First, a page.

DEARBORN — Ever since his basement level apartment flooded last Friday night, Ramsey Turkmani, a tenant at Dearborn’s City Hall Artspace Lofts, has had no real help from his building’s management.
In fact, after almost an entire weekend of pleading with them to remove the continued water seeping into the apartment he shares with his wife and two pets, the building’s management company is now threatening to evict him.
Dearborn was affected badly by intense rainfall last Friday night, which overwhelmed the city’s stormwater drainage systems and backed up sewer lines, which then flooded basements all over the city and surrounding county. Many of those basements were flooded with unsanitary and dangerous sewage water.
The building, which boasts “affordable live/work space” units that support the area’s creative community, is managed by KMG Prestige. The landlord and owner of the 20,000 square foot building, which used to serve as the City Hall, is Artspace Projects, Inc. based out of Minneapolis.
Turkmani is a tattoo artist who runs 313ink in Dearborn. He has been a resident at the building for several years.
After receiving no word from management on removing the water from his apartment on Saturday, Turkmani went out looking for help in the building. He noticed building workers drying out the commercial spaces and draining the parking lot, even though no one had come to check on him and his first floor neighbors.
Turkmani found a shop vac in the hallway and went to work clearing out water in his apartment. But the water, which had seeped up through cracks in the floor, continued to come up, particularly in one corner of his bedroom. The water remained in that corner well into the week.
Over the weekend, Turkmani was given a fan, bleach and pine-sol, though backup contamination cleaning requires specialized products. Mold can set into wet materials within 24 hours
The water had seeped into wood paneling along the entire apartment, and had created a foul sewage smell. The moisture level in his apartment was discernible, creating an unlivable environment. After Turkmani made multiple calls and emails requesting he be moved to a dry unit until the water was removed. Instead, management promised to send a contractor on Monday.
On Monday, a contractor, a building handyman and building manager Dawn Taylor came to inspect the apartment. Taylor informed Turkmani they did not detect the foul smell that the residents had reported.
“Since the flood occurred, they walked into my apartment for under a minute,” Turkmani told The Arab American News. “They looked at the wall in my bedroom because that’s where the puddle keeps reforming. They said they would fix just that wall, even though the wood paneling that runs against the walls all the way to the entrance shows clear signs of moisture.”
Over the weekend, Turkmani was given a fan, bleach and pine-sol, though backup contamination cleaning requires specialized products. Mold can set into wet materials within 24 hours. Turkmani and his wife weren’t able to wash their damaged clothes, as only one of the washing machines was operational for the entire section of the building and its tenants.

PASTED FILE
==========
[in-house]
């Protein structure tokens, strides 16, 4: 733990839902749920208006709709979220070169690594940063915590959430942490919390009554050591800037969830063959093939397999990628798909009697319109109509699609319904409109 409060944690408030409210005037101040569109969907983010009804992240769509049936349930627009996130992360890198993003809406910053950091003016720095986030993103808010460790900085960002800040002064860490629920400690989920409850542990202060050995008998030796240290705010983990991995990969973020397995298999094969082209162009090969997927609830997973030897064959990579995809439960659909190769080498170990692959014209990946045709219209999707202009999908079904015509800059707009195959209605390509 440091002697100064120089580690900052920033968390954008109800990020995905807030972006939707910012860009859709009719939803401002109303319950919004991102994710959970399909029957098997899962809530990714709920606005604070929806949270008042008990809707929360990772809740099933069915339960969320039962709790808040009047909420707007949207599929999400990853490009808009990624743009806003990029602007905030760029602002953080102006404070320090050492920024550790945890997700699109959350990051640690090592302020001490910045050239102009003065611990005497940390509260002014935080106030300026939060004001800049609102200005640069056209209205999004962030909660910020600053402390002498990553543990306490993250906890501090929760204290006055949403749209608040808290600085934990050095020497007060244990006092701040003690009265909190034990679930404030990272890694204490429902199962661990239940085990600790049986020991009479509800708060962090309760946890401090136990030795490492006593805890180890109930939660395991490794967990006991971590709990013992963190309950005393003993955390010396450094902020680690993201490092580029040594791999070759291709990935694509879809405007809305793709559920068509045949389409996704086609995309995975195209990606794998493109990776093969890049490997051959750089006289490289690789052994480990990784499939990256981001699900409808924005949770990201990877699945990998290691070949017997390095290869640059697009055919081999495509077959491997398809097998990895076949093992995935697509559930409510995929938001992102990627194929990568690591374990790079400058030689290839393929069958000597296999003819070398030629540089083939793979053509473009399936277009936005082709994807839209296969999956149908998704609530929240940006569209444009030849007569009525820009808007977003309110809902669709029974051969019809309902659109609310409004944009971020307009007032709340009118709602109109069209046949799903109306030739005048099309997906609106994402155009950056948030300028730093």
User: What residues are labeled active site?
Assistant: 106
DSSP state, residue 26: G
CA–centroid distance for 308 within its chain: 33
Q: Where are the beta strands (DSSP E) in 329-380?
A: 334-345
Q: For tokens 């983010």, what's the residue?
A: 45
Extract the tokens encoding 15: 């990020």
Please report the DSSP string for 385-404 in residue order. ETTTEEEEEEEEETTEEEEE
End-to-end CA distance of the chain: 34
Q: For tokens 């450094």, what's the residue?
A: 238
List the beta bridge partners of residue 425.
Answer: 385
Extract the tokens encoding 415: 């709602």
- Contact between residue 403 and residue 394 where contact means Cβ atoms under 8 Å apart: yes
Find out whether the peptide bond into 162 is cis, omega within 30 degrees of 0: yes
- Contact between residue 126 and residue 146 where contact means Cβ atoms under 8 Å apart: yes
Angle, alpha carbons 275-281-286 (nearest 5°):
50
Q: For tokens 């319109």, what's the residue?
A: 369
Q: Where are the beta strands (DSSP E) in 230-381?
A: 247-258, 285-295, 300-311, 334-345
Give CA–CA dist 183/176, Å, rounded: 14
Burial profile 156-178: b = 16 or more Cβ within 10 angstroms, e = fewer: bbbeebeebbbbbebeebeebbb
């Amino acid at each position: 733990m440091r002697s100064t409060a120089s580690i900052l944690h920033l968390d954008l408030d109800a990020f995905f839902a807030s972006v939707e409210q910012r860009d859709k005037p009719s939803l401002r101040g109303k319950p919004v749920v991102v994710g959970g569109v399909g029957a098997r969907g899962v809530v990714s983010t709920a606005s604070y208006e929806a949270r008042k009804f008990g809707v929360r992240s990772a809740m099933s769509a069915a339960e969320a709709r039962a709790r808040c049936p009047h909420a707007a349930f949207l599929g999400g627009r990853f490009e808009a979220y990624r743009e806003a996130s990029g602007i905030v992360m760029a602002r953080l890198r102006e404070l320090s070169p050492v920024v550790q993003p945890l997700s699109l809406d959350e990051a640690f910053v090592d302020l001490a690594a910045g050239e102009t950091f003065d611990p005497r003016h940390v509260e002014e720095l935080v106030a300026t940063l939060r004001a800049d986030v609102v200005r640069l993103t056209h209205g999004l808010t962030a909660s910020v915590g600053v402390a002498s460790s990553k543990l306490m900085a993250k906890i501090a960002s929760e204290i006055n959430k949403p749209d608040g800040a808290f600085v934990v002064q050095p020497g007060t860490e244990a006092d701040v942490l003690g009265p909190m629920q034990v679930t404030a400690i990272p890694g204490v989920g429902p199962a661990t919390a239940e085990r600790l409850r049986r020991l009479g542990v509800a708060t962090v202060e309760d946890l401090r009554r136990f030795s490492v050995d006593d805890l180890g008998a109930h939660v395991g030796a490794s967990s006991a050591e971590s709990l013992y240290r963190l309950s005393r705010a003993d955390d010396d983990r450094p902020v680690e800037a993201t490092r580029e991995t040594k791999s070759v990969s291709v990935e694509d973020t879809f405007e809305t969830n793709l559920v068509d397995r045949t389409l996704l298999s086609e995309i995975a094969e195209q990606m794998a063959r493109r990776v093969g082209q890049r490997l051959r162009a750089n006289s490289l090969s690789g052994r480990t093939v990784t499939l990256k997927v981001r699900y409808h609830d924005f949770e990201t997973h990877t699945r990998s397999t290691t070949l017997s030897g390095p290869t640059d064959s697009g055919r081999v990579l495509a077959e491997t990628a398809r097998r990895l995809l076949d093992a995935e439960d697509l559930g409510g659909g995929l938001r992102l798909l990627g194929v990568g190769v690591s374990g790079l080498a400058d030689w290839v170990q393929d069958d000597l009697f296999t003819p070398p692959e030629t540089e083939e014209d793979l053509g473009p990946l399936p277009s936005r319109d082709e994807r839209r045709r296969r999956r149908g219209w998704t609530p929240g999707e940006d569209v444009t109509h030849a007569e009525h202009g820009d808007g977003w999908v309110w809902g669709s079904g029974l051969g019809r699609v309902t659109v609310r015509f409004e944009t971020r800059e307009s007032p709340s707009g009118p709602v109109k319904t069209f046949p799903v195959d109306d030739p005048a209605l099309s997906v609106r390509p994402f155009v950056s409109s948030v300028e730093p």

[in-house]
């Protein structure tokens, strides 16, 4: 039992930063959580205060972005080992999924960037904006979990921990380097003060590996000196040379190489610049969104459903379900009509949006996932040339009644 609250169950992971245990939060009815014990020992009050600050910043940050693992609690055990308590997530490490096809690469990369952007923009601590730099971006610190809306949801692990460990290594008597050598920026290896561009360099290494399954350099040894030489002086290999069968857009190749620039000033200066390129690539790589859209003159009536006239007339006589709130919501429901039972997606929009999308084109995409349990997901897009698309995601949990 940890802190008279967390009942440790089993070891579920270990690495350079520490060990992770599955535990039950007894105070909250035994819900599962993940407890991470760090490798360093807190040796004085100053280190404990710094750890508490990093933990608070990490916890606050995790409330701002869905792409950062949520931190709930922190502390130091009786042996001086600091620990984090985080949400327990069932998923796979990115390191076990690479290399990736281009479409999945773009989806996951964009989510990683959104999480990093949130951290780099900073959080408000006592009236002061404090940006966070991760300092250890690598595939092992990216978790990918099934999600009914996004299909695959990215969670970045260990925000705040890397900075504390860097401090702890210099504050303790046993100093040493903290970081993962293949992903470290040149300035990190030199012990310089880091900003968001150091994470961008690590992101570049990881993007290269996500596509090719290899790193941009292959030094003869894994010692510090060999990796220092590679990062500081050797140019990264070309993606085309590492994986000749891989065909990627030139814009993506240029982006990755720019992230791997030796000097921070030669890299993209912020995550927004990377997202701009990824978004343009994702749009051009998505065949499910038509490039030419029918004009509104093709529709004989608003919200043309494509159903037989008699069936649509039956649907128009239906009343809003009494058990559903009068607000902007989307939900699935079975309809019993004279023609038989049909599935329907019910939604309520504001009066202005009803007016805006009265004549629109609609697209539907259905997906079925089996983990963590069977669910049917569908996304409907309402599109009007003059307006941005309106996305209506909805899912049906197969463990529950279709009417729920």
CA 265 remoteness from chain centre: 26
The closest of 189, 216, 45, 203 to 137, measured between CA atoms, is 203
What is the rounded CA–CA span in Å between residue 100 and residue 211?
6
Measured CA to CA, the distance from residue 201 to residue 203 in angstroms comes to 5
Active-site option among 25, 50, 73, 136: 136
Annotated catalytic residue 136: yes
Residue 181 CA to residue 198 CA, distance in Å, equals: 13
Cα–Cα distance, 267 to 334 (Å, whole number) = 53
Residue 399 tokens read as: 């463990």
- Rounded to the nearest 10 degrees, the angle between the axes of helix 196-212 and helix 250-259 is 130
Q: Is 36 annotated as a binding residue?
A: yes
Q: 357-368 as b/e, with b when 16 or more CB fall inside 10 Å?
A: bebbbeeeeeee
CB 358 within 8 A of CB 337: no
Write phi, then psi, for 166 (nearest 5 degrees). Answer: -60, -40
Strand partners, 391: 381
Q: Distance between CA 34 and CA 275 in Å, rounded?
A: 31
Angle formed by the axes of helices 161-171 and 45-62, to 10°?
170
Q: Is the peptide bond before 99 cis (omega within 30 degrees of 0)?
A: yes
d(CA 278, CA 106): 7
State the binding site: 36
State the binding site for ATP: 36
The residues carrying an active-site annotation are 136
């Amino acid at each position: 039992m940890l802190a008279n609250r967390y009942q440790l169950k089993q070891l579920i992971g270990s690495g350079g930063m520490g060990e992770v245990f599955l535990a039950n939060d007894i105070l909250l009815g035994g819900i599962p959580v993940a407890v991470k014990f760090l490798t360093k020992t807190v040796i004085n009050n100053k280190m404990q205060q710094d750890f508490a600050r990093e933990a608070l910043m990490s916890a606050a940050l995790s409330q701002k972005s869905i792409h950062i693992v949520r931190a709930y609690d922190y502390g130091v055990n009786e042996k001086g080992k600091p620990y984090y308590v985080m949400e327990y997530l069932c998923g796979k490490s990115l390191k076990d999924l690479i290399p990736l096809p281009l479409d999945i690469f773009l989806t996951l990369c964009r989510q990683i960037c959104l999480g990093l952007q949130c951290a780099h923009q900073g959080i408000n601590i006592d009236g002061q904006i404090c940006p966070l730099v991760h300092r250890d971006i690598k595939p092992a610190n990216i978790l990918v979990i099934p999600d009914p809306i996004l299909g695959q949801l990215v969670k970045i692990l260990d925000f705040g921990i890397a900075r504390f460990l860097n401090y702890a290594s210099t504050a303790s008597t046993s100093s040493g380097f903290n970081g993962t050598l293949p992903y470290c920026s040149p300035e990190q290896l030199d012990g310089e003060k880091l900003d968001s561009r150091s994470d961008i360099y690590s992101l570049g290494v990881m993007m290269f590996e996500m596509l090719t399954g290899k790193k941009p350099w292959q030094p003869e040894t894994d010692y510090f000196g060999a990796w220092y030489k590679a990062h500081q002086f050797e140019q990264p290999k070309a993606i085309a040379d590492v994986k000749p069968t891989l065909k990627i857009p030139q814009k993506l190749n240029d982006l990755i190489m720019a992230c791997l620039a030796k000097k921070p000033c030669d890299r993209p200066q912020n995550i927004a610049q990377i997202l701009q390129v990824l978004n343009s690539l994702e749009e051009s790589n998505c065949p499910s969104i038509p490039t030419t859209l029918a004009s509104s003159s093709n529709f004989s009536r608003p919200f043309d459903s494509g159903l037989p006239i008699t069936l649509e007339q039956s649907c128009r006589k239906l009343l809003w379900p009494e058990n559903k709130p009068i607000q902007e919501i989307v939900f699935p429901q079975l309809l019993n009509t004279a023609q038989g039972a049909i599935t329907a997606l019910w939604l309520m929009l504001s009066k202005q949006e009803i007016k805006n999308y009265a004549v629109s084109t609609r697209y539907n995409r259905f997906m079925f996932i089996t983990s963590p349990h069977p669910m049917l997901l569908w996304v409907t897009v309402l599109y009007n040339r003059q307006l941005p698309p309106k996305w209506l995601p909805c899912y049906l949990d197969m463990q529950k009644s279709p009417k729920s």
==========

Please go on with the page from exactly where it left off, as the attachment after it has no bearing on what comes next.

They said they took care of my unit, but I’ve been cleaning it myself — Ramsey Turkmani
After Monday’s inspection, Turkmani was told to remove all of his personal belongings and that smell could be emanating from them, even though management had earlier denied the smell. Turkmani, who is recovering from recent surgery, informed them that he was not able to immediately remove all of his belongings.
“They said they took care of my unit, but I’ve been cleaning it myself,” he said. “They gave me a fan and some cleaning products, after I asked for them. They didn’t even offer it.”
Turkmani provided The Arab American News email conversations between himself and Taylor. Taylor told Turkmani that management had “responded immediately and removed the water and dried out the spaces”, even though Turkmani had been removing the water over the weekend himself.
On Wednesday, Turkmani was told that “his home had dried”, that a crew would be sent to repair “a small area of wet drywall,” on July 7 and that he would not have access to his apartment for almost a week. He was told that his belongings were “contributing to further damage.”
Turkmani was also told that if he was “unwilling to clean or dispose of your wet, damaged personal items” and “unwilling to grant” contractors access to his apartment, his tenancy would be terminated.
“I never denied them access to my apartment,” Turkmani said on Thursday. “I’ve been begging them to come clean it for six days.”
Turkmani and his wife have been staying with a friend in the building on the third floor. He contacted a friend, City Council candidate Jon Akkari, who helped him remove many of his belongings and reached out to Councilwoman Erin Byrnes, who came by to inspect the building over the week. State Rep. Abdullah Hammoud (D-Dearborn), who had been organizing volunteer missions throughout the city, also offered to look further into the matter.
On Wednesday, Turkmani was offered a hotel room nearby or $250 in compensation to stay with friends and family while the work on his apartment was completed. He has been given till next week to clear out all of his damaged items.
KMG Prestige did not respond to a request for a comment by press time.